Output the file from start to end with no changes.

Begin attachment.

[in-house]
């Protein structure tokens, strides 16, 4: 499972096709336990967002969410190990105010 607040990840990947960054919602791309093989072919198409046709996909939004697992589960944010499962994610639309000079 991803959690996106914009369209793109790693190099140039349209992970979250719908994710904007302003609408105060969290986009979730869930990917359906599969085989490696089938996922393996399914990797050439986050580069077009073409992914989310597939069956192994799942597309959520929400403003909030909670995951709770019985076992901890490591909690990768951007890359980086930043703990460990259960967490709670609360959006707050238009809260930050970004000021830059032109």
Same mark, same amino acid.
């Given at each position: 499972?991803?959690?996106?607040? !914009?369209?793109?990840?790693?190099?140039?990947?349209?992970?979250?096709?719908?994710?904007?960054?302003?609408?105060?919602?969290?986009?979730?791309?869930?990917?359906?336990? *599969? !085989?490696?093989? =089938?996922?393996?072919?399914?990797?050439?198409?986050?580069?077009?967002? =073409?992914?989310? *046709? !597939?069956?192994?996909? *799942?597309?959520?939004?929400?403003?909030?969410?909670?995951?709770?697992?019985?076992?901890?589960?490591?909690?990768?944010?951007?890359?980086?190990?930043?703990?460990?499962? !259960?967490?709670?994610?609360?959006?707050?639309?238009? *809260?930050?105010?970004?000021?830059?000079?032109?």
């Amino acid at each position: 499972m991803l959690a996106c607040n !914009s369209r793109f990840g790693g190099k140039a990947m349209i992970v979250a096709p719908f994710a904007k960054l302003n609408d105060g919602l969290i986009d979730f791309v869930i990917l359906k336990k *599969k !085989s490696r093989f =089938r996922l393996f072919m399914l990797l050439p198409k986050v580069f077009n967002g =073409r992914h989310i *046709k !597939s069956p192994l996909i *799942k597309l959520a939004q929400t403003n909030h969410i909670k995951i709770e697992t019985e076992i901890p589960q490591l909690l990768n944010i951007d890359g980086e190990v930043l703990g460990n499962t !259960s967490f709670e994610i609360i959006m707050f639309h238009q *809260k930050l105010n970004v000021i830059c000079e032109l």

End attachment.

[in-house]
């Protein structure tokens, strides 16, 4: 499972096709336990967002969410190990105010 607040990840990947960054919602791309093989072919198409046709996909939004697992589960944010499962994610639309000079 991803959690996106914009369209793109790693190099140039349209992970979250719908994710904007302003609408105060969290986009979730869930990917359906599969085989490696089938996922393996399914990797050439986050580069077009073409992914989310597939069956192994799942597309959520929400403003909030909670995951709770019985076992901890490591909690990768951007890359980086930043703990460990259960967490709670609360959006707050238009809260930050970004000021830059032109």
Same mark, same amino acid.
């Given at each position: 499972?991803?959690?996106?607040? !914009?369209?793109?990840?790693?190099?140039?990947?349209?992970?979250?096709?719908?994710?904007?960054?302003?609408?105060?919602?969290?986009?979730?791309?869930?990917?359906?336990? *599969? !085989?490696?093989? =089938?996922?393996?072919?399914?990797?050439?198409?986050?580069?077009?967002? =073409?992914?989310? *046709? !597939?069956?192994?996909? *799942?597309?959520?939004?929400?403003?909030?969410?909670?995951?709770?697992?019985?076992?901890?589960?490591?909690?990768?944010?951007?890359?980086?190990?930043?703990?460990?499962? !259960?967490?709670?994610?609360?959006?707050?639309?238009? *809260?930050?105010?970004?000021?830059?000079?032109?």
């Amino acid at each position: 499972m991803l959690a996106c607040n !914009s369209r793109f990840g790693g190099k140039a990947m349209i992970v979250a096709p719908f994710a904007k960054l302003n609408d105060g919602l969290i986009d979730f791309v869930i990917l359906k336990k *599969k !085989s490696r093989f =089938r996922l393996f072919m399914l990797l050439p198409k986050v580069f077009n967002g =073409r992914h989310i *046709k !597939s069956p192994l996909i *799942k597309l959520a939004q929400t403003n909030h969410i909670k995951i709770e697992t019985e076992i901890p589960q490591l909690l990768n944010i951007d890359g980086e190990v930043l703990g460990n499962t !259960s967490f709670e994610i609360i959006m707050f639309h238009q *809260k930050l105010n970004v000021i830059c000079e032109l």